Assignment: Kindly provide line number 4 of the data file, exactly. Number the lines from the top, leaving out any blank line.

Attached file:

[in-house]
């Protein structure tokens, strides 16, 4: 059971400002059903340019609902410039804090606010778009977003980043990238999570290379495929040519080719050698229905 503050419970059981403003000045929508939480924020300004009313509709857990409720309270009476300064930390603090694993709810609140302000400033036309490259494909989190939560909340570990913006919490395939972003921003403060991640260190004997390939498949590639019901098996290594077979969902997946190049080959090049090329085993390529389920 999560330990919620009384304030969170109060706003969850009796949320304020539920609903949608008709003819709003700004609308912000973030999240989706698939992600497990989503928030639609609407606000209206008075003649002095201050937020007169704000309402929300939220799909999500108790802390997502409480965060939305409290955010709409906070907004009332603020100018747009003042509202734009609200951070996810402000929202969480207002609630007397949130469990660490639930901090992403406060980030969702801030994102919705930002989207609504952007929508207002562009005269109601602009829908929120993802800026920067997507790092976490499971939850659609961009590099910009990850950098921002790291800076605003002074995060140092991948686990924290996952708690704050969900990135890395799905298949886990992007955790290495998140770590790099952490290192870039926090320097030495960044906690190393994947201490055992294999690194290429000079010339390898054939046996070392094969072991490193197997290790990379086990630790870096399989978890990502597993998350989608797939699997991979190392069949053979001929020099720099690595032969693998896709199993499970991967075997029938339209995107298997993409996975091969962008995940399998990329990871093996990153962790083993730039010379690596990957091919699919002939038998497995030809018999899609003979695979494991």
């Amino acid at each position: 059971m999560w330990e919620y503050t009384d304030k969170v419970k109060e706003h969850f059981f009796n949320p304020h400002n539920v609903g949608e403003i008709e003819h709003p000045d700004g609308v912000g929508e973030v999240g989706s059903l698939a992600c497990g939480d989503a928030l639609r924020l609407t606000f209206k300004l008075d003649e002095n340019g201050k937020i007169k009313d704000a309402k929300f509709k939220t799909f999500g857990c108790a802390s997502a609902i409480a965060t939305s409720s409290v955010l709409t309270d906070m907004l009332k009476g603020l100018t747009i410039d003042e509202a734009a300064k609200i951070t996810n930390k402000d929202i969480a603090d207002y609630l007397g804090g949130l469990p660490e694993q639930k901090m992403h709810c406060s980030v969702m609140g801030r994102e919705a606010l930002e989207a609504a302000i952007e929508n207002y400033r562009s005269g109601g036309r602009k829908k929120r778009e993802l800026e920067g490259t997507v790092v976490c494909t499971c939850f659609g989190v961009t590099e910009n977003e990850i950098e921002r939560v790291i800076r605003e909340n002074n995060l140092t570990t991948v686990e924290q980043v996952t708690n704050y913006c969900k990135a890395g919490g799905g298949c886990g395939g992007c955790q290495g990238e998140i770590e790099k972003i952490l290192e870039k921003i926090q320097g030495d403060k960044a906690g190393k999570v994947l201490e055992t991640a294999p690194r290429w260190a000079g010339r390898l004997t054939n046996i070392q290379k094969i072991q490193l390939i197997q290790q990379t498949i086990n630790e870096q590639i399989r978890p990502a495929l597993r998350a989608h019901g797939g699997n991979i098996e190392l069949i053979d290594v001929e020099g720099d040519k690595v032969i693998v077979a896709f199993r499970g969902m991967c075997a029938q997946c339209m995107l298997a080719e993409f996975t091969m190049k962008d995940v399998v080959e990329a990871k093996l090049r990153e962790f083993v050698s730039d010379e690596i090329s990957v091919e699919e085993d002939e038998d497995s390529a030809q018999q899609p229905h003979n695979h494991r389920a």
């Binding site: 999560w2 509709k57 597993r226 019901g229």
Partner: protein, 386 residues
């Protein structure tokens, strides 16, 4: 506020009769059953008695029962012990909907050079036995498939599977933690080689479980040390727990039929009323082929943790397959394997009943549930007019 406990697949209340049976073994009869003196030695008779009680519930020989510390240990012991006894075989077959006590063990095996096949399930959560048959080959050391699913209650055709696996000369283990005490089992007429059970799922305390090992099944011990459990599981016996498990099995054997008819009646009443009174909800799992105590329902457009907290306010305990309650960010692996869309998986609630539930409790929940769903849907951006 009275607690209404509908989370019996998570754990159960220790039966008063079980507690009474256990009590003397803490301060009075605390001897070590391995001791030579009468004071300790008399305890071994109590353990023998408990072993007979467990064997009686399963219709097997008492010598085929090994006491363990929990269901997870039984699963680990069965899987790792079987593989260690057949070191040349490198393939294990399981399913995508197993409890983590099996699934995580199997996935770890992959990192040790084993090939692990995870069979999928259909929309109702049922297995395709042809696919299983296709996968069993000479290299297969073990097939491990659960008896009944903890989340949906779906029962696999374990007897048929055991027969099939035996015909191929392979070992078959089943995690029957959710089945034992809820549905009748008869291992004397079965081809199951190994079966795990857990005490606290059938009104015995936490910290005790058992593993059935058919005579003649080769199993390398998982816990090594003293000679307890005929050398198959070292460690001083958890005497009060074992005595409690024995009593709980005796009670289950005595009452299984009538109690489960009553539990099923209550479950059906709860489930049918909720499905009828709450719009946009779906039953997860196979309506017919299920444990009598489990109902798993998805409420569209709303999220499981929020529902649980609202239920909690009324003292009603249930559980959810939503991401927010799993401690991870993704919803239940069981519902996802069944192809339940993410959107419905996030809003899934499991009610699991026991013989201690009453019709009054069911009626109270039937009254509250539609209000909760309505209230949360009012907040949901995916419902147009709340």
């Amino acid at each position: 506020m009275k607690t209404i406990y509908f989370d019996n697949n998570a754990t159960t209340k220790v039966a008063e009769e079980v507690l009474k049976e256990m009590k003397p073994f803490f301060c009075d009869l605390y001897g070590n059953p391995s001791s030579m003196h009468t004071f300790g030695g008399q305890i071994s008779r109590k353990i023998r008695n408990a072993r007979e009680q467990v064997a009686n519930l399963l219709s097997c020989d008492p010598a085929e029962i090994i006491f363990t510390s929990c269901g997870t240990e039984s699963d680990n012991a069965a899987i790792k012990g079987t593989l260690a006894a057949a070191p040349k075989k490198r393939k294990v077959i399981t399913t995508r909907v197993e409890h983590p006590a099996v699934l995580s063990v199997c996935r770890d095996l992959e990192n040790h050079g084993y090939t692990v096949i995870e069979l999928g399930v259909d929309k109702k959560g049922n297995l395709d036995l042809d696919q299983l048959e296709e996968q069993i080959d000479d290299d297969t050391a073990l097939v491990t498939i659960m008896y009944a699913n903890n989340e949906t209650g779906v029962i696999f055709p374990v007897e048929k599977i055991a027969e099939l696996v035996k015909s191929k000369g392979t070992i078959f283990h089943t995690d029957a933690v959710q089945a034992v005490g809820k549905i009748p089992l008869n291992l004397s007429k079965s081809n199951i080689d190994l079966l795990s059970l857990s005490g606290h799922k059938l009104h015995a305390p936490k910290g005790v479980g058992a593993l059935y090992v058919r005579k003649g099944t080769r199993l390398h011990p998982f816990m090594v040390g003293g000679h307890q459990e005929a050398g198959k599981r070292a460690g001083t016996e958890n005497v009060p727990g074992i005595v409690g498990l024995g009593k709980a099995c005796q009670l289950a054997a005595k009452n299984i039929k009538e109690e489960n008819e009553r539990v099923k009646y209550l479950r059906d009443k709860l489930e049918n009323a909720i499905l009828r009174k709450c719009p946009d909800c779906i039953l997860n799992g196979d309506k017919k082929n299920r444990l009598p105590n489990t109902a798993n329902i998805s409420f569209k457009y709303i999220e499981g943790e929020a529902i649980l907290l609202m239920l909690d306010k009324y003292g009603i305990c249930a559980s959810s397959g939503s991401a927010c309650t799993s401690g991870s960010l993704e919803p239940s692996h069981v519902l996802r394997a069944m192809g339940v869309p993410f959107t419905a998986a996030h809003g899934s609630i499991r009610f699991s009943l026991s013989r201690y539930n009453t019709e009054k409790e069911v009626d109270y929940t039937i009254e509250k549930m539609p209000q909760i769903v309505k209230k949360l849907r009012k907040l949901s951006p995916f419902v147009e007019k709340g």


């Binding site: 999560w2 509709k57 597993r226 019901g229």